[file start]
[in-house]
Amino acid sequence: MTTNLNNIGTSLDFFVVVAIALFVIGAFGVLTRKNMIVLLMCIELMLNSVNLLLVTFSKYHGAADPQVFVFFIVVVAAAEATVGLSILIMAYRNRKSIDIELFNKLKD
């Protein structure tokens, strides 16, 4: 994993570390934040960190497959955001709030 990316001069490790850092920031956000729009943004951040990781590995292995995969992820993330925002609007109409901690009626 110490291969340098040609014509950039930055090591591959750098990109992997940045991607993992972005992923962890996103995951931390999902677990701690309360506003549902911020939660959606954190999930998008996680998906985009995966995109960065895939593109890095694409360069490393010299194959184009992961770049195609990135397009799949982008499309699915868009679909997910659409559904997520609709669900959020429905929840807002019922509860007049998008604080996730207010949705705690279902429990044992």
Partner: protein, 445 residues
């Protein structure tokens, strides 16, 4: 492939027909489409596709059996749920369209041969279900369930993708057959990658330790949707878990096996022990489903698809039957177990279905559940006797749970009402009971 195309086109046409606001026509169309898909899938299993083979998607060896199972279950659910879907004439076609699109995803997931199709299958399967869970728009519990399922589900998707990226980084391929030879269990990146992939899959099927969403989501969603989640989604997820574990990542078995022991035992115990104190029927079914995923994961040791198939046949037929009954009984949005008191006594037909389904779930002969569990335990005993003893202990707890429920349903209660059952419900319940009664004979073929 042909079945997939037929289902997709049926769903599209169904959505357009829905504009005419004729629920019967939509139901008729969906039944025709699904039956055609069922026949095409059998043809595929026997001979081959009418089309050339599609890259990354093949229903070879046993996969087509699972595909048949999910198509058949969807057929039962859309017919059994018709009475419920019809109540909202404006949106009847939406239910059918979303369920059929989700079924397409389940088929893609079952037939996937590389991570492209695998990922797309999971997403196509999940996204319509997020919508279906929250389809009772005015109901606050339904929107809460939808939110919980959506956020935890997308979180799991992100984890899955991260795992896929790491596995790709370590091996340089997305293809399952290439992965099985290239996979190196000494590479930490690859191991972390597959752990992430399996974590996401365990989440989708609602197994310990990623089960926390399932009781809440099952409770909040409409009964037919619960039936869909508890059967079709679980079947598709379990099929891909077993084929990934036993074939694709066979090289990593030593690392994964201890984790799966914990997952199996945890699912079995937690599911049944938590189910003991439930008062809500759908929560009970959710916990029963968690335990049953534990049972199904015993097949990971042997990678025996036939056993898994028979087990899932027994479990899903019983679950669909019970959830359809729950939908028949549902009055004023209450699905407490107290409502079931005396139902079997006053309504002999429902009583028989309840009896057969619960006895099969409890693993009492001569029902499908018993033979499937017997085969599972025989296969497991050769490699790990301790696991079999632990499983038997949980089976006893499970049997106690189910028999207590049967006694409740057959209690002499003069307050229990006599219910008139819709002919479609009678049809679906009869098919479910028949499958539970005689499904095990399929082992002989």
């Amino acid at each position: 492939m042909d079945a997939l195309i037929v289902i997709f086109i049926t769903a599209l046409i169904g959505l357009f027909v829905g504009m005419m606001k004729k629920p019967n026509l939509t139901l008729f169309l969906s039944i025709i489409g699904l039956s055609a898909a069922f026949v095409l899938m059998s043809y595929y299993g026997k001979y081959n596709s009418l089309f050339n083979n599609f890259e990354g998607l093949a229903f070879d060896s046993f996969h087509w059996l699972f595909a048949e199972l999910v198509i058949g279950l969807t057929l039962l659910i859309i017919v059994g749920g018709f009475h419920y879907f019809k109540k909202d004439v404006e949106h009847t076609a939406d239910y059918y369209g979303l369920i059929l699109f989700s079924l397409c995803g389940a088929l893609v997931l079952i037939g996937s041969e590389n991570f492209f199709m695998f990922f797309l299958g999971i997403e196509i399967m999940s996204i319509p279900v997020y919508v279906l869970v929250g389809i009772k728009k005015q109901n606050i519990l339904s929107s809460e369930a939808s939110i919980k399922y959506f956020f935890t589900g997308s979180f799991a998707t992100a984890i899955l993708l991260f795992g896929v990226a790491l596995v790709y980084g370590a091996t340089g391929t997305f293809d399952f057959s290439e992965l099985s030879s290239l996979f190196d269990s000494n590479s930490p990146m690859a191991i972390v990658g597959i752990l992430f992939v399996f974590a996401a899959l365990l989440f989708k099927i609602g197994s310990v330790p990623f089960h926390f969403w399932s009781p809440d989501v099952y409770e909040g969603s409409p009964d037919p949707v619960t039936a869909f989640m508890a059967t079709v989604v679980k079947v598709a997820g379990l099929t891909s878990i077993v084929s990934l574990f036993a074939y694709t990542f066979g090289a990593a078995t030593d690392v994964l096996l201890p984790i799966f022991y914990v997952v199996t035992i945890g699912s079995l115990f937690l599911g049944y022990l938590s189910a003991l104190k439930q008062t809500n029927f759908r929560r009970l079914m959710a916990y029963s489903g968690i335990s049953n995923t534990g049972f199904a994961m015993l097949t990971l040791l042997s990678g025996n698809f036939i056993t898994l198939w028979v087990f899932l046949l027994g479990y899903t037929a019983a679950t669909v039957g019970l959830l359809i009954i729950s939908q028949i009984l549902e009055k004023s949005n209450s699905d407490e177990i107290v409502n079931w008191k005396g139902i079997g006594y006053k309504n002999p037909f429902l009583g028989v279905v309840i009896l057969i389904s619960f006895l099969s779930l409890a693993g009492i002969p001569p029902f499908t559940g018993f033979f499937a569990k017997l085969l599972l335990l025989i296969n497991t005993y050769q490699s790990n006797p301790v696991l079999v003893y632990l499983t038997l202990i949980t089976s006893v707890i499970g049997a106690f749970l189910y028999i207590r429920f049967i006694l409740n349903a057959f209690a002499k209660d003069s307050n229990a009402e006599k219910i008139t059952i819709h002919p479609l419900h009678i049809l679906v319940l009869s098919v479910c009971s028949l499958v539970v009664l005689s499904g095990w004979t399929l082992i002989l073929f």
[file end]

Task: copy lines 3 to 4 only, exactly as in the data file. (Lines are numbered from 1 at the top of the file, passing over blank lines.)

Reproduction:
């Protein structure tokens, strides 16, 4: 994993570390934040960190497959955001709030 990316001069490790850092920031956000729009943004951040990781590995292995995969992820993330925002609007109409901690009626 110490291969340098040609014509950039930055090591591959750098990109992997940045991607993992972005992923962890996103995951931390999902677990701690309360506003549902911020939660959606954190999930998008996680998906985009995966995109960065895939593109890095694409360069490393010299194959184009992961770049195609990135397009799949982008499309699915868009679909997910659409559904997520609709669900959020429905929840807002019922509860007049998008604080996730207010949705705690279902429990044992």
Partner: protein, 445 residues